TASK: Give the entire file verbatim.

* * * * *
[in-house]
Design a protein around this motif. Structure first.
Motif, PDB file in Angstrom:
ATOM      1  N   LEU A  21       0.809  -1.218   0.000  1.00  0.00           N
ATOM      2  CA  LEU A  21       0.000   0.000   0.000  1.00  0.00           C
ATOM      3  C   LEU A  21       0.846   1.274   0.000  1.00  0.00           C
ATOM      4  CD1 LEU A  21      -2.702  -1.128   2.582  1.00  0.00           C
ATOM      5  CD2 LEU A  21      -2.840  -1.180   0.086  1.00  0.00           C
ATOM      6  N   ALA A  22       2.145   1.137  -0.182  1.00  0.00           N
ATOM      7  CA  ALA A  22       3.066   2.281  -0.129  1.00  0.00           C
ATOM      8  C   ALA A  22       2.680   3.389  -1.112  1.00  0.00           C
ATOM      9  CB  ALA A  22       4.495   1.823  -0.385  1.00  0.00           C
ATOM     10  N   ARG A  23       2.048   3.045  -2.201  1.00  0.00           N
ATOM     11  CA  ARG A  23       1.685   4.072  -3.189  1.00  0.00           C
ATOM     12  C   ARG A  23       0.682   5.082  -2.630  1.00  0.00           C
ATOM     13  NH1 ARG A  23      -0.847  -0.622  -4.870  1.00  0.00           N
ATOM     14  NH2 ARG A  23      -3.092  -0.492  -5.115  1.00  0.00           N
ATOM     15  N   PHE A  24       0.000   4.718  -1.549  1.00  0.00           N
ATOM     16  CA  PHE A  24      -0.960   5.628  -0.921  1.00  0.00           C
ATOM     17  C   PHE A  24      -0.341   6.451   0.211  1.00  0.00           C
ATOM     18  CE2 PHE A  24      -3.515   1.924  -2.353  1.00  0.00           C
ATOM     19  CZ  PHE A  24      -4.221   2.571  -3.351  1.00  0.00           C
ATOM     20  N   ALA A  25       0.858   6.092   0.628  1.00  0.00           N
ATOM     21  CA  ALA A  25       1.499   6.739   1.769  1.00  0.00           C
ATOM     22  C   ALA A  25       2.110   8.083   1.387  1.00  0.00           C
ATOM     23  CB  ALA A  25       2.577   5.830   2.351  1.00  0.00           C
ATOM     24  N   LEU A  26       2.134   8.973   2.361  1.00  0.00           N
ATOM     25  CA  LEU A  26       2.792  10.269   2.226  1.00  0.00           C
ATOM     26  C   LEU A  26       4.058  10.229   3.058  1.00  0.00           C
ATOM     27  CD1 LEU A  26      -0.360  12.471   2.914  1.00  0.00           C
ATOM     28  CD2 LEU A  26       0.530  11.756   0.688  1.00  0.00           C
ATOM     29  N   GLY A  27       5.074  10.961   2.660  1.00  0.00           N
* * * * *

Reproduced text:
[in-house]
Design a protein around this motif. Structure first.
Motif, PDB file in Angstrom:
ATOM      1  N   LEU A  21       0.809  -1.218   0.000  1.00  0.00           N
ATOM      2  CA  LEU A  21       0.000   0.000   0.000  1.00  0.00           C
ATOM      3  C   LEU A  21       0.846   1.274   0.000  1.00  0.00           C
ATOM      4  CD1 LEU A  21      -2.702  -1.128   2.582  1.00  0.00           C
ATOM      5  CD2 LEU A  21      -2.840  -1.180   0.086  1.00  0.00           C
ATOM      6  N   ALA A  22       2.145   1.137  -0.182  1.00  0.00           N
ATOM      7  CA  ALA A  22       3.066   2.281  -0.129  1.00  0.00           C
ATOM      8  C   ALA A  22       2.680   3.389  -1.112  1.00  0.00           C
ATOM      9  CB  ALA A  22       4.495   1.823  -0.385  1.00  0.00           C
ATOM     10  N   ARG A  23       2.048   3.045  -2.201  1.00  0.00           N
ATOM     11  CA  ARG A  23       1.685   4.072  -3.189  1.00  0.00           C
ATOM     12  C   ARG A  23       0.682   5.082  -2.630  1.00  0.00           C
ATOM     13  NH1 ARG A  23      -0.847  -0.622  -4.870  1.00  0.00           N
ATOM     14  NH2 ARG A  23      -3.092  -0.492  -5.115  1.00  0.00           N
ATOM     15  N   PHE A  24       0.000   4.718  -1.549  1.00  0.00           N
ATOM     16  CA  PHE A  24      -0.960   5.628  -0.921  1.00  0.00           C
ATOM     17  C   PHE A  24      -0.341   6.451   0.211  1.00  0.00           C
ATOM     18  CE2 PHE A  24      -3.515   1.924  -2.353  1.00  0.00           C
ATOM     19  CZ  PHE A  24      -4.221   2.571  -3.351  1.00  0.00           C
ATOM     20  N   ALA A  25       0.858   6.092   0.628  1.00  0.00           N
ATOM     21  CA  ALA A  25       1.499   6.739   1.769  1.00  0.00           C
ATOM     22  C   ALA A  25       2.110   8.083   1.387  1.00  0.00           C
ATOM     23  CB  ALA A  25       2.577   5.830   2.351  1.00  0.00           C
ATOM     24  N   LEU A  26       2.134   8.973   2.361  1.00  0.00           N
ATOM     25  CA  LEU A  26       2.792  10.269   2.226  1.00  0.00           C
ATOM     26  C   LEU A  26       4.058  10.229   3.058  1.00  0.00           C
ATOM     27  CD1 LEU A  26      -0.360  12.471   2.914  1.00  0.00           C
ATOM     28  CD2 LEU A  26       0.530  11.756   0.688  1.00  0.00           C
ATOM     29  N   GLY A  27       5.074  10.961   2.660  1.00  0.00           N